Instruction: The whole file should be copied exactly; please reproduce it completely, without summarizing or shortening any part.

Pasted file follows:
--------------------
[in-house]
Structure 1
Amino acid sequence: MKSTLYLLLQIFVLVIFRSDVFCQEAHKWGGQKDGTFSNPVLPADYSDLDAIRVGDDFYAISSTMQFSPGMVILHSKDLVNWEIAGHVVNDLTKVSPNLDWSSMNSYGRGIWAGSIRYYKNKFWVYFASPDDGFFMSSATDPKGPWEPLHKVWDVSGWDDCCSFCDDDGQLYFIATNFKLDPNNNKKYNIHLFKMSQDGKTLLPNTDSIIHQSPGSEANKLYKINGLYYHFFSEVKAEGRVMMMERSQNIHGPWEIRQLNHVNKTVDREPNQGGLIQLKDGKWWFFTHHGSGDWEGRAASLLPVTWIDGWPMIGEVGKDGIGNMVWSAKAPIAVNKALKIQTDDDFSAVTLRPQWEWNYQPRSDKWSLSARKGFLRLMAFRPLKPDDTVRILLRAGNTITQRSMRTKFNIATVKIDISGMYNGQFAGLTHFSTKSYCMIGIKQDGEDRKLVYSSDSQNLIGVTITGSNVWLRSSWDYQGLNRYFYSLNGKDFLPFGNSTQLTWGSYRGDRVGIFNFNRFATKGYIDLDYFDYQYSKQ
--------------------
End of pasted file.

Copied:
[in-house]
Structure 1
Amino acid sequence: MKSTLYLLLQIFVLVIFRSDVFCQEAHKWGGQKDGTFSNPVLPADYSDLDAIRVGDDFYAISSTMQFSPGMVILHSKDLVNWEIAGHVVNDLTKVSPNLDWSSMNSYGRGIWAGSIRYYKNKFWVYFASPDDGFFMSSATDPKGPWEPLHKVWDVSGWDDCCSFCDDDGQLYFIATNFKLDPNNNKKYNIHLFKMSQDGKTLLPNTDSIIHQSPGSEANKLYKINGLYYHFFSEVKAEGRVMMMERSQNIHGPWEIRQLNHVNKTVDREPNQGGLIQLKDGKWWFFTHHGSGDWEGRAASLLPVTWIDGWPMIGEVGKDGIGNMVWSAKAPIAVNKALKIQTDDDFSAVTLRPQWEWNYQPRSDKWSLSARKGFLRLMAFRPLKPDDTVRILLRAGNTITQRSMRTKFNIATVKIDISGMYNGQFAGLTHFSTKSYCMIGIKQDGEDRKLVYSSDSQNLIGVTITGSNVWLRSSWDYQGLNRYFYSLNGKDFLPFGNSTQLTWGSYRGDRVGIFNFNRFATKGYIDLDYFDYQYSKQ